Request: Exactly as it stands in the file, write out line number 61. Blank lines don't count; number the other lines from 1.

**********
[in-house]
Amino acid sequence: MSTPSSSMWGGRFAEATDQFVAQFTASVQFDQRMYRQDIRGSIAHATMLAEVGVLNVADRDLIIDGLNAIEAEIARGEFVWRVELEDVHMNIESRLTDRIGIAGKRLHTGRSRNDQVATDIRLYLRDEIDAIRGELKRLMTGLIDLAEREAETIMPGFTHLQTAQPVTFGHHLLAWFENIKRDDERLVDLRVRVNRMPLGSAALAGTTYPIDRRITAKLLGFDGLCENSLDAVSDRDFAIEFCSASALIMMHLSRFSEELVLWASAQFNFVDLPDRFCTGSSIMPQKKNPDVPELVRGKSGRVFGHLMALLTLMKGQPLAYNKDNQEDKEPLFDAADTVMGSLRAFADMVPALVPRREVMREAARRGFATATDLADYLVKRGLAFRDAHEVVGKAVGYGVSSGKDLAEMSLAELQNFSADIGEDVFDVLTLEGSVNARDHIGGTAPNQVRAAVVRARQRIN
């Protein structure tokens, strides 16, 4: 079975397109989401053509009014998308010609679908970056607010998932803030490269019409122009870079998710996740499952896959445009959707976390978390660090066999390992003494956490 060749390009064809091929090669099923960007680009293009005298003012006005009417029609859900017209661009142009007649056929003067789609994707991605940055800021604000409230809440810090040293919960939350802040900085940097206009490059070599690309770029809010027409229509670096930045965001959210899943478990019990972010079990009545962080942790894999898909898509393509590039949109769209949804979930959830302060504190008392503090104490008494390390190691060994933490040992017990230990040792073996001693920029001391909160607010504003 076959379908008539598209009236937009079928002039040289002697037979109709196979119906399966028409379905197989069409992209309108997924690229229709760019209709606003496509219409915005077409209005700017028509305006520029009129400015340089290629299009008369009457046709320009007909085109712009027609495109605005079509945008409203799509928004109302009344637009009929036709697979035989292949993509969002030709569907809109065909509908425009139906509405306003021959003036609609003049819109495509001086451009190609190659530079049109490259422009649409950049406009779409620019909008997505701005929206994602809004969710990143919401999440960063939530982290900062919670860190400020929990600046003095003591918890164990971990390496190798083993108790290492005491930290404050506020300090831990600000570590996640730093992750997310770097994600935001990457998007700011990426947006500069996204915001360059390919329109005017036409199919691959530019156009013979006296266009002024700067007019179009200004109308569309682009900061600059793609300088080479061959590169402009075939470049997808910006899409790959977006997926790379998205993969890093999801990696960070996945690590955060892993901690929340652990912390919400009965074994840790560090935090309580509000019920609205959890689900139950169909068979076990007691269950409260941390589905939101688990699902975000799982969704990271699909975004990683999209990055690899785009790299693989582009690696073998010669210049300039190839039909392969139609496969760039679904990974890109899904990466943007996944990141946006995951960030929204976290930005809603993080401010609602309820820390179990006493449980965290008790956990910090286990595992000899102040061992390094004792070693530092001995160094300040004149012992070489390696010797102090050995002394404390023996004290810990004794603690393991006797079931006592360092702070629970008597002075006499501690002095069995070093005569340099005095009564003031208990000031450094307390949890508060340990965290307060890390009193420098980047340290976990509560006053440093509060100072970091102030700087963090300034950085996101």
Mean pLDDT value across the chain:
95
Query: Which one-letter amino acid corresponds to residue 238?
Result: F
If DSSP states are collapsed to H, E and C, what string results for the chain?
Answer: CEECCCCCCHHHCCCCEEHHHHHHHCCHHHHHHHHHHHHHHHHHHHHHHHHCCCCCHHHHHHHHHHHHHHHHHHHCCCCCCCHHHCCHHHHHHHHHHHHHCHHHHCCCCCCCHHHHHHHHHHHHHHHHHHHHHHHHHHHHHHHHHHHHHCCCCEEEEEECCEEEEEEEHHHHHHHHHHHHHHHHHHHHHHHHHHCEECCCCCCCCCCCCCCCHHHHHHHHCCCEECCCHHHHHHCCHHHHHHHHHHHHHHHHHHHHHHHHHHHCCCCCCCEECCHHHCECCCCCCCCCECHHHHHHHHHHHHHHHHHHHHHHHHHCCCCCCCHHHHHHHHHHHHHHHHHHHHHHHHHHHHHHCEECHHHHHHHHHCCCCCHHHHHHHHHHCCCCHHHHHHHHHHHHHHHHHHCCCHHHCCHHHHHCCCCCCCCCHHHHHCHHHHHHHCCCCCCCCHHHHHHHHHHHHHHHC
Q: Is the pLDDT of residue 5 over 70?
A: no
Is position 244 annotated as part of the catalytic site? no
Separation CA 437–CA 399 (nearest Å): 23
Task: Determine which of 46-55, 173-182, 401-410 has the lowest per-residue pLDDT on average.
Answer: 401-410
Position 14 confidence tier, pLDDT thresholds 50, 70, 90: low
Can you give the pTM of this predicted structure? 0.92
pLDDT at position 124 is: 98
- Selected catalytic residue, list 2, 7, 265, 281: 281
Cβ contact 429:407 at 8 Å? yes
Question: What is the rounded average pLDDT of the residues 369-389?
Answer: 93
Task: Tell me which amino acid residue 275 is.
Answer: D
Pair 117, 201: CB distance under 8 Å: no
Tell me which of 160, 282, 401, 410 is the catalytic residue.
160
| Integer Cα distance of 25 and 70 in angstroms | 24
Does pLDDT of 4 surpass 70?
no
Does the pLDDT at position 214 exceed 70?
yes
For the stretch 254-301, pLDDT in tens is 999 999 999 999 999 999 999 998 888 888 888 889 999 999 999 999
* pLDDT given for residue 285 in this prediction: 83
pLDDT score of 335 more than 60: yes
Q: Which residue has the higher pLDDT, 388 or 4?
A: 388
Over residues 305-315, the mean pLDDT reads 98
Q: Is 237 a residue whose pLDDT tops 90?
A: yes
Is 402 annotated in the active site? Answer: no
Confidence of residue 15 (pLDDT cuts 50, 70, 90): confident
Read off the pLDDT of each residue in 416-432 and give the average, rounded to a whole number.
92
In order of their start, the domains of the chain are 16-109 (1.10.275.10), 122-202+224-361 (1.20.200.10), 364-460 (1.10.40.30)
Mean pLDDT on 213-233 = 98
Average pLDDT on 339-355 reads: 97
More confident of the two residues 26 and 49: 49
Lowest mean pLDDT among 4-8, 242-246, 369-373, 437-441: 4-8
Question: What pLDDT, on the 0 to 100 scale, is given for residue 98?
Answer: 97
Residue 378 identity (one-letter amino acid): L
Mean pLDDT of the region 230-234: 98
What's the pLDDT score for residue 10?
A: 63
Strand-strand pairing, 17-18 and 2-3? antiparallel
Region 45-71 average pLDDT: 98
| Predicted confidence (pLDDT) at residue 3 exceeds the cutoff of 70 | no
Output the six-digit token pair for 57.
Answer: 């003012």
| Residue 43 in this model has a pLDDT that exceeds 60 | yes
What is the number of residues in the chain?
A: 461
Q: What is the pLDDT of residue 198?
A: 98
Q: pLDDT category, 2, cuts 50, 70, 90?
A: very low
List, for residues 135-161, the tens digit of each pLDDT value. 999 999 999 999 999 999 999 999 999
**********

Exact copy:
| Residue 43 in this model has a pLDDT that exceeds 60 | yes